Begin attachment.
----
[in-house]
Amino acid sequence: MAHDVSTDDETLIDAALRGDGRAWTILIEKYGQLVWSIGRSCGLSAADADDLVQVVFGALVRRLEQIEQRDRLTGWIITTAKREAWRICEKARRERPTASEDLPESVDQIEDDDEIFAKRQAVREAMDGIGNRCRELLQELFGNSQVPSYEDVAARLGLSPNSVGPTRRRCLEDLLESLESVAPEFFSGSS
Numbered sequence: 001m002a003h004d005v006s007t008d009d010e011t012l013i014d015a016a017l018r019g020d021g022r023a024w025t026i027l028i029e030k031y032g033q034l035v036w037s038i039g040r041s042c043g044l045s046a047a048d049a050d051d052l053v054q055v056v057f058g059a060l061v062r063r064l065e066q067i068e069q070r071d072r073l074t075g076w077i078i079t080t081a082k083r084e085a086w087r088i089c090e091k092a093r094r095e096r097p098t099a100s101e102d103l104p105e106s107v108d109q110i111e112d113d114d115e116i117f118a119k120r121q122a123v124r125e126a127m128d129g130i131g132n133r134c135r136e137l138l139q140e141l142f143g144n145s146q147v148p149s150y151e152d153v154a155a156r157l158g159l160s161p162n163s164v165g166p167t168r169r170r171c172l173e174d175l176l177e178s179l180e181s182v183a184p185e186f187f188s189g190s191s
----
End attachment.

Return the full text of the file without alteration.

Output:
[in-house]
Amino acid sequence: MAHDVSTDDETLIDAALRGDGRAWTILIEKYGQLVWSIGRSCGLSAADADDLVQVVFGALVRRLEQIEQRDRLTGWIITTAKREAWRICEKARRERPTASEDLPESVDQIEDDDEIFAKRQAVREAMDGIGNRCRELLQELFGNSQVPSYEDVAARLGLSPNSVGPTRRRCLEDLLESLESVAPEFFSGSS
Numbered sequence: 001m002a003h004d005v006s007t008d009d010e011t012l013i014d015a016a017l018r019g020d021g022r023a024w025t026i027l028i029e030k031y032g033q034l035v036w037s038i039g040r041s042c043g044l045s046a047a048d049a050d051d052l053v054q055v056v057f058g059a060l061v062r063r064l065e066q067i068e069q070r071d072r073l074t075g076w077i078i079t080t081a082k083r084e085a086w087r088i089c090e091k092a093r094r095e096r097p098t099a100s101e102d103l104p105e106s107v108d109q110i111e112d113d114d115e116i117f118a119k120r121q122a123v124r125e126a127m128d129g130i131g132n133r134c135r136e137l138l139q140e141l142f143g144n145s146q147v148p149s150y151e152d153v154a155a156r157l158g159l160s161p162n163s164v165g166p167t168r169r170r171c172l173e174d175l176l177e178s179l180e181s182v183a184p185e186f187f188s189g190s191s